Need for Control Drives Assisted Suicide Requests: Patients Who Went through with Assisted Suicide Wanted to Be Self-Reliant until the End, Studies Show

By MacNeil, Jane Salodof | Clinical Psychiatry News, February 2006 | Go to article overview

Need for Control Drives Assisted Suicide Requests: Patients Who Went through with Assisted Suicide Wanted to Be Self-Reliant until the End, Studies Show


MacNeil, Jane Salodof, Clinical Psychiatry News


SANTA ANA PUEBLO, N.M. -- The key factor motivating the terminally ill to seek assisted suicide under Oregon's Death with Dignity Act--a sense of control--should prompt a rethinking of end-of-life care, Dr. Linda Ganzini said at the annual meeting of the Academy of Psychosomatic Medicine.

Studies of terminally ill patients in Oregon showed that "some people want to leave this world in the driver's seat. That's their major goal," said Dr. Ganzini, director of the geriatric psychiatry fellowship program at Oregon Health and Science University, Portland. 'And we need to let this goal start driving how they should be cared for--whether they get assisted suicide or not."

The findings gained new currency last month, when the U.S. Supreme Court ruled that the Bush administration improperly tried to use a federal drug law to stop physicians from prescribing lethal drugs to terminally ill patients under the Oregon law.

The studies, which also included physicians, nurses, hospice chaplains, and family members, showed that few of the factors anticipated in the political debate over the law were significant to the terminally ill in determining who chose assisted suicide. Most patients who requested lethal prescriptions were no more depressed, poor, poorly educated, from minority groups, or in worse physical condition than were those who opted not to make such a request.

"These were individuals who wanted to control their lives," Dr. Ganzini said. Relatively few people go through with assisted suicide, but those who do are determined to remain self-reliant until the end.

Often, those who requested assisted suicide had highly successful careers and worked as school superintendents, teachers, lawyers, and dentists, Dr. Ganzini said. Overcoming adversity early in life was another common experience for many who requested assisted suicide.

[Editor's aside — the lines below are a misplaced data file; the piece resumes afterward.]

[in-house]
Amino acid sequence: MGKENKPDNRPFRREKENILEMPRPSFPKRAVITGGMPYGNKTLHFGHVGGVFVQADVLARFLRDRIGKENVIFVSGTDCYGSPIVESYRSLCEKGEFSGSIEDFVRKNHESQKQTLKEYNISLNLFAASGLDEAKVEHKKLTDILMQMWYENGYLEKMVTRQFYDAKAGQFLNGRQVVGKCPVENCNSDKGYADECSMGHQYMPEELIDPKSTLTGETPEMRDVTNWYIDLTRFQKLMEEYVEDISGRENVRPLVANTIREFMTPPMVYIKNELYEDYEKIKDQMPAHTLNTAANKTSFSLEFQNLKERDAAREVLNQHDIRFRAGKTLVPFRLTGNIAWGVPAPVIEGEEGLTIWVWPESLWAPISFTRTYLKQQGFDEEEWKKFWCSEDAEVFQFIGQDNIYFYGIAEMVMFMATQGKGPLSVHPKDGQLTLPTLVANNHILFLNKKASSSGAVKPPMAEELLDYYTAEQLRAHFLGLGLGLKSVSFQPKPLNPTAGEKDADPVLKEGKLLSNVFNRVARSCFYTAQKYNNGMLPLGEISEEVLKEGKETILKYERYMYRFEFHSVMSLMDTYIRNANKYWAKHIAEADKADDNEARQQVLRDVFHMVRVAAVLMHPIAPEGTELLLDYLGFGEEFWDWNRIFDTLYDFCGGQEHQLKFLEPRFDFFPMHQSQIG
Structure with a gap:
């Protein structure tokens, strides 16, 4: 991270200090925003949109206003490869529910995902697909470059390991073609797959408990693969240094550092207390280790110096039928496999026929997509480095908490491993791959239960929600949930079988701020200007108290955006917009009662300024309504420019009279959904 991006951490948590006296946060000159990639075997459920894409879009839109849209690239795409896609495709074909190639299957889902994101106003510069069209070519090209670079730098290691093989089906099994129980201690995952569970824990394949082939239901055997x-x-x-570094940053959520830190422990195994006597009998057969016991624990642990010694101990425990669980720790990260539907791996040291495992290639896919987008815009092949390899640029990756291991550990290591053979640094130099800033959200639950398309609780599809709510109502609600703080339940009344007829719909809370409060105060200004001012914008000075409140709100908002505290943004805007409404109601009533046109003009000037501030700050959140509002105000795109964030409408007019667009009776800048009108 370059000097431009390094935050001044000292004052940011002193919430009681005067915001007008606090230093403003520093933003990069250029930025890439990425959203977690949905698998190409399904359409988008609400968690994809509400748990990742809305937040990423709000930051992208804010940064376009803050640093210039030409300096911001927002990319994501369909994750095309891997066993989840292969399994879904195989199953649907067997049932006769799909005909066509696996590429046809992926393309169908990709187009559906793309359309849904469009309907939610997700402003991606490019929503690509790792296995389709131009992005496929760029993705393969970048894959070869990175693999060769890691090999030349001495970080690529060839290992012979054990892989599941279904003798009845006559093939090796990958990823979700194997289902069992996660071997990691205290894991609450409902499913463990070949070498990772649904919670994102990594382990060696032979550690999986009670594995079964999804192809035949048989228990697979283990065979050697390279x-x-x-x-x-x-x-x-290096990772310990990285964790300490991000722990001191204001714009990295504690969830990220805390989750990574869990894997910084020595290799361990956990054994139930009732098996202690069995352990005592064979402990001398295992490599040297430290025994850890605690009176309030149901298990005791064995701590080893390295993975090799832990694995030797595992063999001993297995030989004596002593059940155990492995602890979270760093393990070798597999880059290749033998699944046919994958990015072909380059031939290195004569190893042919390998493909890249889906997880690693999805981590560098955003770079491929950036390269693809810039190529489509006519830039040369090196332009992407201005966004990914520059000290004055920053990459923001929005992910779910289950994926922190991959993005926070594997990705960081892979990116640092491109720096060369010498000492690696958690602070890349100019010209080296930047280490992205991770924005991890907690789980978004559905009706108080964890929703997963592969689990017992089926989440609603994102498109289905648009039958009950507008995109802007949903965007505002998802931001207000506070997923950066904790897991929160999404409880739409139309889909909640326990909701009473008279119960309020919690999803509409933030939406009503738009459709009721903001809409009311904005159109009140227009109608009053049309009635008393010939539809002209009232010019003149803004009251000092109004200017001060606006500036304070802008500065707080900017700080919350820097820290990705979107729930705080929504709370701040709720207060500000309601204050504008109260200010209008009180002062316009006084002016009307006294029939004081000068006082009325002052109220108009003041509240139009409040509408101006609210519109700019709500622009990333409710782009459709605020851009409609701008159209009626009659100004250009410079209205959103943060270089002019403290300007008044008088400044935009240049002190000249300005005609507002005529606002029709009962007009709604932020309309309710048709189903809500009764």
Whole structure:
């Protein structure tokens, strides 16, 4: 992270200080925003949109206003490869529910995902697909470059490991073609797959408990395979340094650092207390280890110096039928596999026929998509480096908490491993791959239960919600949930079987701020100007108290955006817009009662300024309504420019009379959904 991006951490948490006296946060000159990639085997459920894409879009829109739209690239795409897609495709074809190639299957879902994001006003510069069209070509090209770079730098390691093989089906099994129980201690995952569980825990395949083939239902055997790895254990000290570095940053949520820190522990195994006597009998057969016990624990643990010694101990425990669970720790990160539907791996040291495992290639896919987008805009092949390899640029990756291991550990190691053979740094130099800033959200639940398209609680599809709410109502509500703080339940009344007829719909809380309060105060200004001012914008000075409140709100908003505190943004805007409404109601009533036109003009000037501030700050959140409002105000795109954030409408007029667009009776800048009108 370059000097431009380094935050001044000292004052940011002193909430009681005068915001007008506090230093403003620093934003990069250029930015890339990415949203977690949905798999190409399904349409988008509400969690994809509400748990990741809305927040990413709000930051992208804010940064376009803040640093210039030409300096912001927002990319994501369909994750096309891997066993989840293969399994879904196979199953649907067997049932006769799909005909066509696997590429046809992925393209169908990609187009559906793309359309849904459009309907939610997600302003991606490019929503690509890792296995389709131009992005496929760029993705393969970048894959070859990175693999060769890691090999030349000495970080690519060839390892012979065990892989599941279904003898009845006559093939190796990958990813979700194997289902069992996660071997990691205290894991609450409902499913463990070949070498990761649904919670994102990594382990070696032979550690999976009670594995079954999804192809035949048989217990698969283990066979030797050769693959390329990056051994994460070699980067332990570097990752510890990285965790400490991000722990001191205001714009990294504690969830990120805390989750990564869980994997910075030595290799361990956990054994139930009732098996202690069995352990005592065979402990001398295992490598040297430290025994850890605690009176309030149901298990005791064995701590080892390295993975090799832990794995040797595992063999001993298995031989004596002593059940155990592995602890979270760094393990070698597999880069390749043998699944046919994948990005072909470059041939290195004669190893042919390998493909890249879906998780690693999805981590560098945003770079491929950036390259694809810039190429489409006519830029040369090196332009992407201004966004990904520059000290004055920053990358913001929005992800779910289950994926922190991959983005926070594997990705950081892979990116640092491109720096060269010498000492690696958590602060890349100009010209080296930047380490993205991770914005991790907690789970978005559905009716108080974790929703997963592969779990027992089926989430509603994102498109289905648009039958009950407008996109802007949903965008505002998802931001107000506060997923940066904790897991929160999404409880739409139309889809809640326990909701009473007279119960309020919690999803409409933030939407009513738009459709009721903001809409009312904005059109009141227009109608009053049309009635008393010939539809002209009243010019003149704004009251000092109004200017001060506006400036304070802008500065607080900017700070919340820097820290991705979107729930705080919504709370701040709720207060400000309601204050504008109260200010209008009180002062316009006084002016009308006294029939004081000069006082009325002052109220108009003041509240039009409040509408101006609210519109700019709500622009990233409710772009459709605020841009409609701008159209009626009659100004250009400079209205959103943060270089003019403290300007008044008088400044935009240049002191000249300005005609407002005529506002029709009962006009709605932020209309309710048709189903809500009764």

"Many had parents who were neglectful or incompetent," she said. "They learned to be very self-sufficient and to prize their independence."

Oregon's voters passed its Death with Dignity Act by a slim majority in 1994, making Oregon the first and only state to approve assisted suicide. The act was delayed by a legal injunction until 1997, when 60% of voters refused to repeal it.

Since 1997, Oregon has had 208 deaths by assisted suicide, said Dr. Ganzini, also a senior scholar at the university's center for ethics in health care. "For every 1,000 patients in Oregon who die, 100 will seriously consider assisted suicide, 10 will make an explicit request, and 1 will die by it," she said.

Amyotrophic lateral sclerosis (ALS) is the disease tied to the highest number of assisted suicide requests, Dr. Ganzini said. Compared with other patients, ALS patients in Oregon have an odds ratio above 20 for dying by assisted suicide.

A study she and her associates conducted with 100 ALS patients showed that a sense of hopelessness was an important predictor of interest in obtaining a lethal prescription.

Dr. Ganzini is now studying patients who are in the process of making legal requests. "They are really focused on what is coming down the road, how intolerable it will be, and how it will make their lives not worth living when it happens," she said. …

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